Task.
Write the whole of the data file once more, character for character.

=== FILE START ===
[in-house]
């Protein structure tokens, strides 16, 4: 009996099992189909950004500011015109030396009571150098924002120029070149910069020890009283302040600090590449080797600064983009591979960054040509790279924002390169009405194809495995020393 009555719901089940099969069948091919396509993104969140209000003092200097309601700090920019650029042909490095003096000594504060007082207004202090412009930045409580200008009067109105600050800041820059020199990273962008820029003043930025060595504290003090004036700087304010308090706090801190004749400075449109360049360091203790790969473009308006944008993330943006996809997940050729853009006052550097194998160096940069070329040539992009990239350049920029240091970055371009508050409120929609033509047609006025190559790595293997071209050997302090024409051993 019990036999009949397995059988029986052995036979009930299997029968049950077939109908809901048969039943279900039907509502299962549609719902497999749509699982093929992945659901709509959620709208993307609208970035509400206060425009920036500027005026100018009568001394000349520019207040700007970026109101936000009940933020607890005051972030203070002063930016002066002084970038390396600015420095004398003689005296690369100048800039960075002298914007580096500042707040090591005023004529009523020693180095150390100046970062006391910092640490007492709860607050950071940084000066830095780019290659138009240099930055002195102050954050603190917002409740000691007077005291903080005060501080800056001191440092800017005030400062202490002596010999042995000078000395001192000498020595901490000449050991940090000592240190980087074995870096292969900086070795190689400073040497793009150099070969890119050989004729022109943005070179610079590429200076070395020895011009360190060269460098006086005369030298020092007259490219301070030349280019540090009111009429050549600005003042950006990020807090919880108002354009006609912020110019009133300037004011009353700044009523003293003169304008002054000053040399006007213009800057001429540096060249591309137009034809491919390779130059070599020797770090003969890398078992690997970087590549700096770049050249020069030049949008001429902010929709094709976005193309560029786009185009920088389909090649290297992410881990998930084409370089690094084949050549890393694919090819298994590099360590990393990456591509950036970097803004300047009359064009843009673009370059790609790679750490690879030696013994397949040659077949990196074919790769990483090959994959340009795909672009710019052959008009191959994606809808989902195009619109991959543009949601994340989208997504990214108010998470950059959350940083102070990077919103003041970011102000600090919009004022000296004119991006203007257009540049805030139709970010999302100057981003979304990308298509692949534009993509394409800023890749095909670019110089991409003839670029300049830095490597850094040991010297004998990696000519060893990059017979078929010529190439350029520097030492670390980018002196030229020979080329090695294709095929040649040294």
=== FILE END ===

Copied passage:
[in-house]
């Protein structure tokens, strides 16, 4: 009996099992189909950004500011015109030396009571150098924002120029070149910069020890009283302040600090590449080797600064983009591979960054040509790279924002390169009405194809495995020393 009555719901089940099969069948091919396509993104969140209000003092200097309601700090920019650029042909490095003096000594504060007082207004202090412009930045409580200008009067109105600050800041820059020199990273962008820029003043930025060595504290003090004036700087304010308090706090801190004749400075449109360049360091203790790969473009308006944008993330943006996809997940050729853009006052550097194998160096940069070329040539992009990239350049920029240091970055371009508050409120929609033509047609006025190559790595293997071209050997302090024409051993 019990036999009949397995059988029986052995036979009930299997029968049950077939109908809901048969039943279900039907509502299962549609719902497999749509699982093929992945659901709509959620709208993307609208970035509400206060425009920036500027005026100018009568001394000349520019207040700007970026109101936000009940933020607890005051972030203070002063930016002066002084970038390396600015420095004398003689005296690369100048800039960075002298914007580096500042707040090591005023004529009523020693180095150390100046970062006391910092640490007492709860607050950071940084000066830095780019290659138009240099930055002195102050954050603190917002409740000691007077005291903080005060501080800056001191440092800017005030400062202490002596010999042995000078000395001192000498020595901490000449050991940090000592240190980087074995870096292969900086070795190689400073040497793009150099070969890119050989004729022109943005070179610079590429200076070395020895011009360190060269460098006086005369030298020092007259490219301070030349280019540090009111009429050549600005003042950006990020807090919880108002354009006609912020110019009133300037004011009353700044009523003293003169304008002054000053040399006007213009800057001429540096060249591309137009034809491919390779130059070599020797770090003969890398078992690997970087590549700096770049050249020069030049949008001429902010929709094709976005193309560029786009185009920088389909090649290297992410881990998930084409370089690094084949050549890393694919090819298994590099360590990393990456591509950036970097803004300047009359064009843009673009370059790609790679750490690879030696013994397949040659077949990196074919790769990483090959994959340009795909672009710019052959008009191959994606809808989902195009619109991959543009949601994340989208997504990214108010998470950059959350940083102070990077919103003041970011102000600090919009004022000296004119991006203007257009540049805030139709970010999302100057981003979304990308298509692949534009993509394409800023890749095909670019110089991409003839670029300049830095490597850094040991010297004998990696000519060893990059017979078929010529190439350029520097030492670390980018002196030229020979080329090695294709095929040649040294």